In a good post about puppy mills, Amanda Marcotte made a good point about domesticated versus undomesticated pets (italics mine):
This would probably mean that people couldn't get exotic pets, and that isn't really the sort of thing that would keep me up at night, either. I understand the urge to have something like a pet ferret, but like with smoking, it's an understandable urge that probably is best not indulged. Cats and dogs evolved to be our pets and want nothing more than to be our pets, thus they are the best choices for pets. They may not love every second of being a pet---going to the vet comes to mind as a moment they don't love---but on the whole, what they want is to be a pet. If you've ever adopted a cat that was feral but is well-socialized, you're probably familiar with how true this is. Even though my cat Molly only spent perhaps the first two months of her life as a feral kitten, she is clearly still haunted by the memory. When we had a backyard, I would let them hang out there under supervision, and while Dusty (who was never feral) was simply happy to go out, Molly wouldn't go out unless I left the door open for her so that she could be assured that she could run back into the condo at any second. She was that afraid of ever going back to non-pet status again. If you want a pet, cats and dogs want to be your pet. It's the simplest relationship in the world, and I see no reason to complicate it by insisting that the humble cats and dogs are too boring to be your pet.
I don't think it's just a matter of want: I can imagine that a wolf raised with humans for its entire life might not want to live ferally. Home is comfy after all. Hell, there are hippos which literally make themselves at home.
But an additional point is that dogs have evolved to live with humans. To a certain extent, a feral dog is like a philodendron in a desert. A life without some kind of human interaction, even if it's just the occasional begging for scraps, is unnatural. Dogs, unlike wolves, have more 'action inhibition' than wolves--dogs have better impulse control (relatively speaking) enables cooperation with humans. Dogs and wolves that are similarly socialized are typically more attached to humans than wolves. In addition, wolves need far more training than dogs to comprehend what a person is trying to communicate with pointing.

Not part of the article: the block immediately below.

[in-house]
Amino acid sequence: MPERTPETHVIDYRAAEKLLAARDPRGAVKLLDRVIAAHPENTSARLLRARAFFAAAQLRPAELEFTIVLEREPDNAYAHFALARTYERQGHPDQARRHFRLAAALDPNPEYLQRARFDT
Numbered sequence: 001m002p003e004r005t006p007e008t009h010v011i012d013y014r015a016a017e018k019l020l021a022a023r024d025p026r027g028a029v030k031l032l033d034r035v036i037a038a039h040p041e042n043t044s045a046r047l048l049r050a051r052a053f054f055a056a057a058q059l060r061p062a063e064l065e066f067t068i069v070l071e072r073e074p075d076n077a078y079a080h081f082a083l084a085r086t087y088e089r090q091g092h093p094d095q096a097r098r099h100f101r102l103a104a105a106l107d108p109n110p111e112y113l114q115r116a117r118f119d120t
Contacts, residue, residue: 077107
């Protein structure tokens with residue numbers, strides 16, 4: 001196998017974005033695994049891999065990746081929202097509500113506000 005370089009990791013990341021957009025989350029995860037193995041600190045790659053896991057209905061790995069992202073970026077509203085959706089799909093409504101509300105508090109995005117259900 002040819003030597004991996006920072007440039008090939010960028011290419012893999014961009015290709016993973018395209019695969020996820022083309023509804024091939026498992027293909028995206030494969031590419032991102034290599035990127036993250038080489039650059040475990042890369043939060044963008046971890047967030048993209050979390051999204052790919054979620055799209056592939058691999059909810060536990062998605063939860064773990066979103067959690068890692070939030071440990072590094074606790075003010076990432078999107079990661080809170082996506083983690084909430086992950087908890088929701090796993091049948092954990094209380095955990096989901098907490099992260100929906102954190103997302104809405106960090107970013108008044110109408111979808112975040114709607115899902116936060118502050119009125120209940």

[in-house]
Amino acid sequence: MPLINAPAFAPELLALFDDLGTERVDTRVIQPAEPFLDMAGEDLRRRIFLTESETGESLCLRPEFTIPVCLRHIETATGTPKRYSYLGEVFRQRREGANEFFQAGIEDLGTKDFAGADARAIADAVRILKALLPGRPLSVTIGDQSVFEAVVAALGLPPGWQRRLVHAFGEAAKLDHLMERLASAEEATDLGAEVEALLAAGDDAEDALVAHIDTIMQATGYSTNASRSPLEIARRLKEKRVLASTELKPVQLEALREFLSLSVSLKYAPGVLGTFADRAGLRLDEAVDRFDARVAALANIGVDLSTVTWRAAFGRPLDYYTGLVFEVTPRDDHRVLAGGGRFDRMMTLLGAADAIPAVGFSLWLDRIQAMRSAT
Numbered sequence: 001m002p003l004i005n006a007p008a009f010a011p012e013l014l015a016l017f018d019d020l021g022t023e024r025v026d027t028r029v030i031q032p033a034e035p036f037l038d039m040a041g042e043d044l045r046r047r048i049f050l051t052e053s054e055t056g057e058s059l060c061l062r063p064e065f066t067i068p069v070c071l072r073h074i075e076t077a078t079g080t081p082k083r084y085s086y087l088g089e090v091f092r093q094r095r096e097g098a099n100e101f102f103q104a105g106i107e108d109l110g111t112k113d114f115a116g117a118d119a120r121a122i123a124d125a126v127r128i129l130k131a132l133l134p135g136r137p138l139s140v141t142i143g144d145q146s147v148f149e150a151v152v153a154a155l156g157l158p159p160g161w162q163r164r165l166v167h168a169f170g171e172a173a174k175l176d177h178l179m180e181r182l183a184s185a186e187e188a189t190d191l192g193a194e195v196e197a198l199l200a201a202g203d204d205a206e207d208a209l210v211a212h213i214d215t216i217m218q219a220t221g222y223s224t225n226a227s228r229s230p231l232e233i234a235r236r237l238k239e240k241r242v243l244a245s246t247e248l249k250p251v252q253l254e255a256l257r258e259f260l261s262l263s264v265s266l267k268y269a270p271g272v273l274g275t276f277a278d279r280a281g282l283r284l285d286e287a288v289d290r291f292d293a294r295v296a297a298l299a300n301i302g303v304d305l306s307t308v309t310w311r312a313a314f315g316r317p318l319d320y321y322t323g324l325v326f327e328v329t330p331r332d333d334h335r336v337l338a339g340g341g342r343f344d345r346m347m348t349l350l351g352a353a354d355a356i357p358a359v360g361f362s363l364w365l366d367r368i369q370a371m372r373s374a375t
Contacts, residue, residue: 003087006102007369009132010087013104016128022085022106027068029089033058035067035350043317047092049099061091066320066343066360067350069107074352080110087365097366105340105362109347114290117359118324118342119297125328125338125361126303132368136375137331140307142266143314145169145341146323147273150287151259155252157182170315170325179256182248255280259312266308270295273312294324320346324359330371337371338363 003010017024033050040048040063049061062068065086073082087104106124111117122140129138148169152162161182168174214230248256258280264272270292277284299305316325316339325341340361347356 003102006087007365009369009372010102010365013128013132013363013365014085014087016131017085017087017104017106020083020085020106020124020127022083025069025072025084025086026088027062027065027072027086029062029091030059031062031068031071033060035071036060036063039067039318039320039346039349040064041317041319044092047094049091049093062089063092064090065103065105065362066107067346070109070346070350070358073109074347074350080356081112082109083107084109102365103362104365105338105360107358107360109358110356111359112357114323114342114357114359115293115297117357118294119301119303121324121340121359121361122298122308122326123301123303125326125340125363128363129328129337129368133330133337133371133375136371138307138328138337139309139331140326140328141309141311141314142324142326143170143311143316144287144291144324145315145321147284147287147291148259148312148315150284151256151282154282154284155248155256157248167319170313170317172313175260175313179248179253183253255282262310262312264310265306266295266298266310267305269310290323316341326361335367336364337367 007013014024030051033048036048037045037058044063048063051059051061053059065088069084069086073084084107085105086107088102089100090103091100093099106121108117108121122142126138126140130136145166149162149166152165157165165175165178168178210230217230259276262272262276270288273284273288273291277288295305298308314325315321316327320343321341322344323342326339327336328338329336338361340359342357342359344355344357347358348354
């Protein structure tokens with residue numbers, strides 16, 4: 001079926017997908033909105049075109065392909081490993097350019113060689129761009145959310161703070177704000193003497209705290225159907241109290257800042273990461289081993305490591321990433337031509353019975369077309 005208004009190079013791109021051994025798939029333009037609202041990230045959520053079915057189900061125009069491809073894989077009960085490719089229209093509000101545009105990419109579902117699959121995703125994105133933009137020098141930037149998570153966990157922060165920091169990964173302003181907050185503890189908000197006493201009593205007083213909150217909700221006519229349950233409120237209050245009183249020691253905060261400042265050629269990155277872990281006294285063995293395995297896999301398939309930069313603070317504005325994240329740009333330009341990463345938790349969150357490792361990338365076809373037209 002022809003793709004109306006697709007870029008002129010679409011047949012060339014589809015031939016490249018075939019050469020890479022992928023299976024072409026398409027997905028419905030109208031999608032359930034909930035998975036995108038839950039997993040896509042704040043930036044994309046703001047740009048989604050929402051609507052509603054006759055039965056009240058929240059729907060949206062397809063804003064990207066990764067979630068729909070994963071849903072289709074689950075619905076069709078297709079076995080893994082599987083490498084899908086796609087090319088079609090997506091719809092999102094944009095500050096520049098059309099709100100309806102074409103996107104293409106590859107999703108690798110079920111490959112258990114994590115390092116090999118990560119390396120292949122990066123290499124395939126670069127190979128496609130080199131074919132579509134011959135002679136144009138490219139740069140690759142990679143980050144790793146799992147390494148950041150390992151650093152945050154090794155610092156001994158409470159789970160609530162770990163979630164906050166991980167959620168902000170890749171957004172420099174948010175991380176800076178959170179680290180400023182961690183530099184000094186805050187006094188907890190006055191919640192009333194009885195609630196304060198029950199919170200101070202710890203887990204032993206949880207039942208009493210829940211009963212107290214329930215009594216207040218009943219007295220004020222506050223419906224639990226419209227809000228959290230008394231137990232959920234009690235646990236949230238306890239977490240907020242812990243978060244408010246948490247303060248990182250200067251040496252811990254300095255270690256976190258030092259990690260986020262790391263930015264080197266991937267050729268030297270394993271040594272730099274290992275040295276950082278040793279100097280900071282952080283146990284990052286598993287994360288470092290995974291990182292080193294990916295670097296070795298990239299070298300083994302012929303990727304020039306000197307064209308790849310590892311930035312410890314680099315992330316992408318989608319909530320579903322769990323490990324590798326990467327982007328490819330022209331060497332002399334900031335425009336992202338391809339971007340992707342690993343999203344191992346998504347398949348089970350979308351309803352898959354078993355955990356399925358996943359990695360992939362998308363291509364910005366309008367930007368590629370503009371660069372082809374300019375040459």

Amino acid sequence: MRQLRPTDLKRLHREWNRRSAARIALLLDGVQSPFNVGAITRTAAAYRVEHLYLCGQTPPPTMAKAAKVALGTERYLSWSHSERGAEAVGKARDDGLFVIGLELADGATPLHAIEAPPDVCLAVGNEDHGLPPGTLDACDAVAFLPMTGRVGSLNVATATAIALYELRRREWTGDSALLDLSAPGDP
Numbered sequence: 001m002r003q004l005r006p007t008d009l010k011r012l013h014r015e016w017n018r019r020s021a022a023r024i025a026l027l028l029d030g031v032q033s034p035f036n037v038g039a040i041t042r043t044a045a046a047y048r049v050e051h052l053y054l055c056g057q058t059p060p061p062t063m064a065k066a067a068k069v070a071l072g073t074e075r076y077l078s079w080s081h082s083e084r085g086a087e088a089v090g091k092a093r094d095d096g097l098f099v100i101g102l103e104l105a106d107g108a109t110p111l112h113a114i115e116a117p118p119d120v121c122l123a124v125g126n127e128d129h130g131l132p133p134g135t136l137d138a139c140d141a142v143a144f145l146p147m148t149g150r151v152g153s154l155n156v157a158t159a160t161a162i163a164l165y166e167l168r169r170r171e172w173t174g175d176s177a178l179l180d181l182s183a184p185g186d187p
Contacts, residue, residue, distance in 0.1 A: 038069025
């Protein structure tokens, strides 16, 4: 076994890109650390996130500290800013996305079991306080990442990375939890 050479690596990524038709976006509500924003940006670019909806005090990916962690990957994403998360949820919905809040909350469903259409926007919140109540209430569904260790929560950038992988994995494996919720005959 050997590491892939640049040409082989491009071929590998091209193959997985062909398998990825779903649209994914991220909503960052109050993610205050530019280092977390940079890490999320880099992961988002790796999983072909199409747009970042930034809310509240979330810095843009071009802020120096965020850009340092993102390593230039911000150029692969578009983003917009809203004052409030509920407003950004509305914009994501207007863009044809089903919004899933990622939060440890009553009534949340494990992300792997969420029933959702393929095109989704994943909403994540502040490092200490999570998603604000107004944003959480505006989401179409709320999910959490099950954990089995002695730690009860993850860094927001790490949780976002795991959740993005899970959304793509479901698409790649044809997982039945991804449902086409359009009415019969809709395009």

Dogs are not 'wild animals' anymore: people are an integral part of their environment. Activists who think dog ownership, by itself, is cruel and who want to 'liberate' dogs don't understand the biology.
UDELL, M., DOREY, N., & WYNNE, C. (2008). Wolves outperform dogs in following human social cues Animal Behaviour, 76 (6), 1767-1773 DOI: 10.1016/j.anbehav.2008.07.028
Cited articles: GÃ¡csi M, GyÃ¶ri B, VirÃ¡nyi Z, Kubinyi E, Range F, BelÃ©nyi B, & MiklÃ³si A (2009). Explaining dog wolf differences in utilizing human pointing gestures: selection for synergistic shifts in the development of some social skills. PloS one, 4 (8) PMID: 19714197
Nevertheless, I would still like to have a pet squirrel. My uncle was federal predator control agent down in the Rio Grand Valley. He told me feral dogs were the most difficult predator to control, and that dog x coyote hybrids were next. Perhaps dogs have some understanding of humans incorporated into their genes.
I adopted a cat that had spent some of his adult life as a feral/stray. He was the most affectionate pet I've ever seen. He would follow me around the apartment and would always be waiting by the front door when I came home.
Yes but cats have been domesticated for a very long time (at least since ancient egyptian times, perhaps more). They are biologically different from their wilds ancestors and other non-domesticated species, even if they have spent some time "in the wild".
Ferrets have been domesticated for thousands of years and rely completely on humans for their care and safety. Domestic ferrets make wonderful companion animals for the right people, people that are willing to do the ferret care research and put it into practice. Domestic ferrets are very energetic, happy, curious little clowns that require attentiveness to their surroundings from their people because they are also fearless and can easily get themselves into trouble. Remember the picture of the puppy with his head stuck through the fence hole? That would be a typical ferret stunt. Ferrets are misunderstood by many. They require several hours a day of exercise and socialization to be content, in a ferret-safe environment. They are attentive to their people and can easily learn tricks. They have excellent problem solving skills and can challenge their caretakers skills frequently. They are very emotional little beings and will bond closely to their people and other companion animals. All one has to do is observe their behavior and this becomes crystal clear. Domestic ferrets cannot survive in the wild as they do not possess hunting instincts. I've been working with ferrets since 1985 and the only thing I've seen them hunt is that tasty saucer of special made nutritional gruel or a bowl of kibble or water. I've seen and heard about the deadly results of those unfortunate little ones that have escaped or been dumped outdoors and not been found quickly.
'Yes but cats have been domesticated for a very long time (at least since ancient egyptian times, perhaps more). They are biologically different from their wilds ancestors and other non-domesticated species, even if they have spent some time "in the wild". '
Um, yeah, that was what I was implying.
@4 .... They were domesticated and bred to hunt rats and mice. Turned loose in a rat-infested barn with a water source they might do quite well.
I have seen them (big neutered males) used for pest control in feed mill warehouses, and they do a great job. They get petted, vet care and kibble.